Study of electrostatic effects on protein folding and binding stabilities
The electrostatic effects of 113 charge mutations on the folding stabilities of 8 different proteins were studied by carrying out the continuum electrostatic calculations. Instead of the widely used solvent-exclusion (SE) surface, we used the van der Waals (vdW) surface as the boundary between the protein and solvent dielectrics. The calculated effects were directly compared with the experimental results and the calculations using SE surface. In general, vdW surface did better work than SE surface. We conclude that: (1) the popular view that electrostatic interactions are generally destabilizing may have been based on overestimated desolvation cost as a result of using the SE surface as the dielectric boundary; (2) while solvent-exposed charges may not reliably contribute to protein stability, semi-buried salt bridges can provide significant stabilization; (3) the good correlations between the calculated results using van der Waals surface and the measurements (0.98 correlation for 27 mutations on cold shock protein, 0.7 correlation for 52 mutations on staphylococcal nuclease, and 0.8 correlation for 34 mutations on other 5 proteins) suggest electrostatic interaction make significant contributions to protein folding stabilities.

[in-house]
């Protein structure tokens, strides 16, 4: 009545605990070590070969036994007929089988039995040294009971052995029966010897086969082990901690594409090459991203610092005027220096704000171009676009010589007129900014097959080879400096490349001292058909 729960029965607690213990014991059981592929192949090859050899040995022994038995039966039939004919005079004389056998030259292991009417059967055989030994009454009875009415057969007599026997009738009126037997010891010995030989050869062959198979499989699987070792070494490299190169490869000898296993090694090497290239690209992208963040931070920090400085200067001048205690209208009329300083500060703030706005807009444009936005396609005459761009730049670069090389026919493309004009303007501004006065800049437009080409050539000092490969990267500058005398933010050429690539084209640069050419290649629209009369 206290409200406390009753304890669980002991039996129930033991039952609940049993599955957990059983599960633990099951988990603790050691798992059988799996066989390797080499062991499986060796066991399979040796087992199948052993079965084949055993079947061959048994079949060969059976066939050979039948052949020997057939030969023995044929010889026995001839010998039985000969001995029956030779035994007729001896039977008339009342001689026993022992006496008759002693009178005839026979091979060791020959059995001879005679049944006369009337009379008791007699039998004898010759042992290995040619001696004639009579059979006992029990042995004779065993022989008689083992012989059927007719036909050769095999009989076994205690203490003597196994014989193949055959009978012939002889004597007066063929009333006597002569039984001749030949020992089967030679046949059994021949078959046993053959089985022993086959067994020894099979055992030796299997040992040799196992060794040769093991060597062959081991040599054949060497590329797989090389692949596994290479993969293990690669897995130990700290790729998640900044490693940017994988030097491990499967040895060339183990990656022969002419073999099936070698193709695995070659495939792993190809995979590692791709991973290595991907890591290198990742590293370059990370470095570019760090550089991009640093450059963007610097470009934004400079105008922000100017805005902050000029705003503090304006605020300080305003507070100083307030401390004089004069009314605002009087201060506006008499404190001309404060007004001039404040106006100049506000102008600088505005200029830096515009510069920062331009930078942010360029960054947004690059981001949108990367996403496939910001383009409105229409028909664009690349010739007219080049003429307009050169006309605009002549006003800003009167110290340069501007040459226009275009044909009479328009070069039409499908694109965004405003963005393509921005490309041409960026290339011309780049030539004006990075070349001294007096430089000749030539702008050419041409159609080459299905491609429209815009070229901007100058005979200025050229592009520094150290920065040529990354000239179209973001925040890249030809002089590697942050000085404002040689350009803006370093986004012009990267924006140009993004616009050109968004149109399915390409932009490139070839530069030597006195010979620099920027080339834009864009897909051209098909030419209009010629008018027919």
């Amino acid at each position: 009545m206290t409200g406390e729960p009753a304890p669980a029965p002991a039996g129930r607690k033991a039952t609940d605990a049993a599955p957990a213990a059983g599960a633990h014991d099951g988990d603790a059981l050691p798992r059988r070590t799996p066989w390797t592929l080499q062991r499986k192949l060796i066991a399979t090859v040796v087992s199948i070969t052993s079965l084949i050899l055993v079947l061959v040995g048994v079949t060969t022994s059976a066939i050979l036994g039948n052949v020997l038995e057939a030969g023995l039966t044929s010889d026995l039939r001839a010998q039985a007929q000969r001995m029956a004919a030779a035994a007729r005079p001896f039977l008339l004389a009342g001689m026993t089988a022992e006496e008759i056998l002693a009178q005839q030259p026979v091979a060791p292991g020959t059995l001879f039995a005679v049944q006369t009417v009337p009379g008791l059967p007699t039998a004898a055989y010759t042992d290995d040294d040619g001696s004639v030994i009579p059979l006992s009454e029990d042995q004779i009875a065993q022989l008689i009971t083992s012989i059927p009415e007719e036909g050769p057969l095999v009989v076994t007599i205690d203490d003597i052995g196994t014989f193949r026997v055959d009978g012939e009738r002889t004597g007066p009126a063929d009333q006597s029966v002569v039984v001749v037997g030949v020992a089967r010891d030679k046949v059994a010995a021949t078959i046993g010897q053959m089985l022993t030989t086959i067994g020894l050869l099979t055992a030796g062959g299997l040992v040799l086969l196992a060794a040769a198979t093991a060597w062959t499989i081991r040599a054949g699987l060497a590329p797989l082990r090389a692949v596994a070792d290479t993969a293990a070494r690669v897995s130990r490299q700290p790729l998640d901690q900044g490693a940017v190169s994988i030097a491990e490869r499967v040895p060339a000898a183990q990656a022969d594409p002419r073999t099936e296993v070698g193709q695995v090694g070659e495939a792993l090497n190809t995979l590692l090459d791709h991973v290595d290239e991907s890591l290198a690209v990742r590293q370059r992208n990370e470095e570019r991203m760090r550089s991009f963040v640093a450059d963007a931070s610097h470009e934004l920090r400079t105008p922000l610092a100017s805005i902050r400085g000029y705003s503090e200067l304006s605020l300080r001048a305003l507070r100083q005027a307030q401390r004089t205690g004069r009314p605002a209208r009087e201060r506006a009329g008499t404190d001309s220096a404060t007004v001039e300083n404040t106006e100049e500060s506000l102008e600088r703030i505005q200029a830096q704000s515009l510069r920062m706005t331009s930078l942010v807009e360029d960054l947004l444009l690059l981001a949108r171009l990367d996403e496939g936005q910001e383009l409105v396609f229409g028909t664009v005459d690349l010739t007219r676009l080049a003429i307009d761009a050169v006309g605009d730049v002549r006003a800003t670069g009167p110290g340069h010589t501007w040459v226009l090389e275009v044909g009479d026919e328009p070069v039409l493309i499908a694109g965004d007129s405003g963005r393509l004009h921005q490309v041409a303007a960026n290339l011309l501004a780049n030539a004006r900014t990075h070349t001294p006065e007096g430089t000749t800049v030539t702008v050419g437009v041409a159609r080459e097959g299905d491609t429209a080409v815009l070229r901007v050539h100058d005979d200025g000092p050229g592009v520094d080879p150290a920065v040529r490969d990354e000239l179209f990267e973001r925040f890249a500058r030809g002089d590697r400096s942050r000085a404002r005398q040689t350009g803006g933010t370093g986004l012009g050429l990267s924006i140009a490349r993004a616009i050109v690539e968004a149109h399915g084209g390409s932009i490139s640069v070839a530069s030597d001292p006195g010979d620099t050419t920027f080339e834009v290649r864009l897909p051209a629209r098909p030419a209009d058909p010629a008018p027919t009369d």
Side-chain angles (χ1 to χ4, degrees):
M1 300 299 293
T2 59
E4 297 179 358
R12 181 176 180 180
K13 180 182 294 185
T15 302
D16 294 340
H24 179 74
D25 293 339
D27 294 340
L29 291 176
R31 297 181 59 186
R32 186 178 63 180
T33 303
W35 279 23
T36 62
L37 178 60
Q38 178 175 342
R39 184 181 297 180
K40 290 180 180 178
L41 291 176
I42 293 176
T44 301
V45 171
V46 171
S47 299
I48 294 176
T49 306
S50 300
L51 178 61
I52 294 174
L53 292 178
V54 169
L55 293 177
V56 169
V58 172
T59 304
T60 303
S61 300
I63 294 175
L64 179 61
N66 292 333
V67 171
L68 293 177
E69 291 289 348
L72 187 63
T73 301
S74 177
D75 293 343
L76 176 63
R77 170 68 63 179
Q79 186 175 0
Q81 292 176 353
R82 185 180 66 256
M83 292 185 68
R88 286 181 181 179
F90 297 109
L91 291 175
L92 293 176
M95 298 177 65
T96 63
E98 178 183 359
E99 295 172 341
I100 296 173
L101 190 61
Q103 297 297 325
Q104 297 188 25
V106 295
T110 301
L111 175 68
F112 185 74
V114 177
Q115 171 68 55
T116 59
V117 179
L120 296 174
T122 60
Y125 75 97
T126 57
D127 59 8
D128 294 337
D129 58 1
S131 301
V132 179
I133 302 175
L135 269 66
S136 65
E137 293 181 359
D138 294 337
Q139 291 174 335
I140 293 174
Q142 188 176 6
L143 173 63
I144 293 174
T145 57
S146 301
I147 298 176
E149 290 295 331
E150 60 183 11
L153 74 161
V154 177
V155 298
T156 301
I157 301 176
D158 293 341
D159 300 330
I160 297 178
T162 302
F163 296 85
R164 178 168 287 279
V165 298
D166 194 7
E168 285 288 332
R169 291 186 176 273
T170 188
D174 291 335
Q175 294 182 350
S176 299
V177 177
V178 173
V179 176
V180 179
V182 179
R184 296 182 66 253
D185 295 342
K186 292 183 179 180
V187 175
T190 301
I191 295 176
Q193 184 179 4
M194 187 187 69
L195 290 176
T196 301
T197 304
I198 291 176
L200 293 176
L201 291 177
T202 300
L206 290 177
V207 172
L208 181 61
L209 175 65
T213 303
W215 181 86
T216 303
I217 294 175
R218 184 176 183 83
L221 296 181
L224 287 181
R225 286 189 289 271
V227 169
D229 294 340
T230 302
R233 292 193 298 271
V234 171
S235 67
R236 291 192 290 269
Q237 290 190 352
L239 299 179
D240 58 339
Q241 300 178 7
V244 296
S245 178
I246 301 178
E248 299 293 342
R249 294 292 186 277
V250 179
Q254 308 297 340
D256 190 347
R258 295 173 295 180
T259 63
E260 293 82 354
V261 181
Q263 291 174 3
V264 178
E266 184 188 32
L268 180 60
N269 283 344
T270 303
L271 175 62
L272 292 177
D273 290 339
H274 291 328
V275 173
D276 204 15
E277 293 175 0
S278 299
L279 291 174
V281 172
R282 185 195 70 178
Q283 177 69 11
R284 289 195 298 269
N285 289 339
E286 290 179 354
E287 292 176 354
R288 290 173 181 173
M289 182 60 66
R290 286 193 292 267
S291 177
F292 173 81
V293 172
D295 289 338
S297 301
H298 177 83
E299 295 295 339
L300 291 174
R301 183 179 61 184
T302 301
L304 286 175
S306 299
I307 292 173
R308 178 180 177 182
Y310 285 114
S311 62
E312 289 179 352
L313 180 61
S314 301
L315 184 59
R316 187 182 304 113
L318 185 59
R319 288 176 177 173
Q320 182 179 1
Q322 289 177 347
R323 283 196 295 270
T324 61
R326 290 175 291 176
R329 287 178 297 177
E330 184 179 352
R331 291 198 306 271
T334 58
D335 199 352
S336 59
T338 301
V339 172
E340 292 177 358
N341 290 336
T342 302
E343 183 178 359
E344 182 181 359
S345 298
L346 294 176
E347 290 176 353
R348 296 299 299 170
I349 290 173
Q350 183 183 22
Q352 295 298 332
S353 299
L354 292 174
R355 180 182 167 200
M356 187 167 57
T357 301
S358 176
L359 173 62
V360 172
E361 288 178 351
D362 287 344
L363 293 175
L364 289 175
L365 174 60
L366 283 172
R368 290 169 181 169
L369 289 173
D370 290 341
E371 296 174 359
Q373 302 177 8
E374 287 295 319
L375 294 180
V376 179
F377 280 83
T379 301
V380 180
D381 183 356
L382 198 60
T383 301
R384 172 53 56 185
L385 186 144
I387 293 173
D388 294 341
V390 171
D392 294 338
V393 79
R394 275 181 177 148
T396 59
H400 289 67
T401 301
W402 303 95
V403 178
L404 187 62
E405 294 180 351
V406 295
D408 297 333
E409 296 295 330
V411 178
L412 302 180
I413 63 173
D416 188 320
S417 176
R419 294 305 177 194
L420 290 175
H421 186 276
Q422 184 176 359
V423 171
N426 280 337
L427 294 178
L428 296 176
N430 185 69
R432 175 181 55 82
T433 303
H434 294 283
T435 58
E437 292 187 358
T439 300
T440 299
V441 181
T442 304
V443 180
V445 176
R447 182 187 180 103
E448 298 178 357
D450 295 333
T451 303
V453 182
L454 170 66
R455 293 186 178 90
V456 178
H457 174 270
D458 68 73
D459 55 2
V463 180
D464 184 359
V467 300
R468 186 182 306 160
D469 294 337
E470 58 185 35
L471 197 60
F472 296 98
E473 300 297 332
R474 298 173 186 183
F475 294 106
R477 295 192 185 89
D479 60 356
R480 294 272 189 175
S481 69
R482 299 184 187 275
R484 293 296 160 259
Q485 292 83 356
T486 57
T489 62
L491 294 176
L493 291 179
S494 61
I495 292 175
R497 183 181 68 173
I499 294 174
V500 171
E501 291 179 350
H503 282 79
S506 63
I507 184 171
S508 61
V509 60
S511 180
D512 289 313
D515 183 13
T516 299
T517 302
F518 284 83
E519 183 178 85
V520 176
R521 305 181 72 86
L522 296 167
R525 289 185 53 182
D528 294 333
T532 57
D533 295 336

In addition, the electrostatic effects of 80 mutations on the binding stabilities of 6 different complexes were also studied. Three different protocols were used: (a) the dielectric boundary specified as the van der Waals (vdW) surface of the protein along with a protein dielectric constant (ϵ p) of 4; (b) the dielectric boundary specified as solvent exclusion (SE) surface along with ϵp = 4; and (c) “SE + (ϵp = 20)”. The “vdW + (ϵp = 4)” and “SE + (ϵp = 4)” protocol predicted an overall electrostatic destabilization. The “vdW + (ϵp = 4)” protocol was most consistent with experiment. At the very least, this study demonstrates that caution is required in drawing conclusions on electrostatic contributions based on a particular Poisson-Boltzmann calculation protocol.
0541: Biomedical research
0307: Molecular biology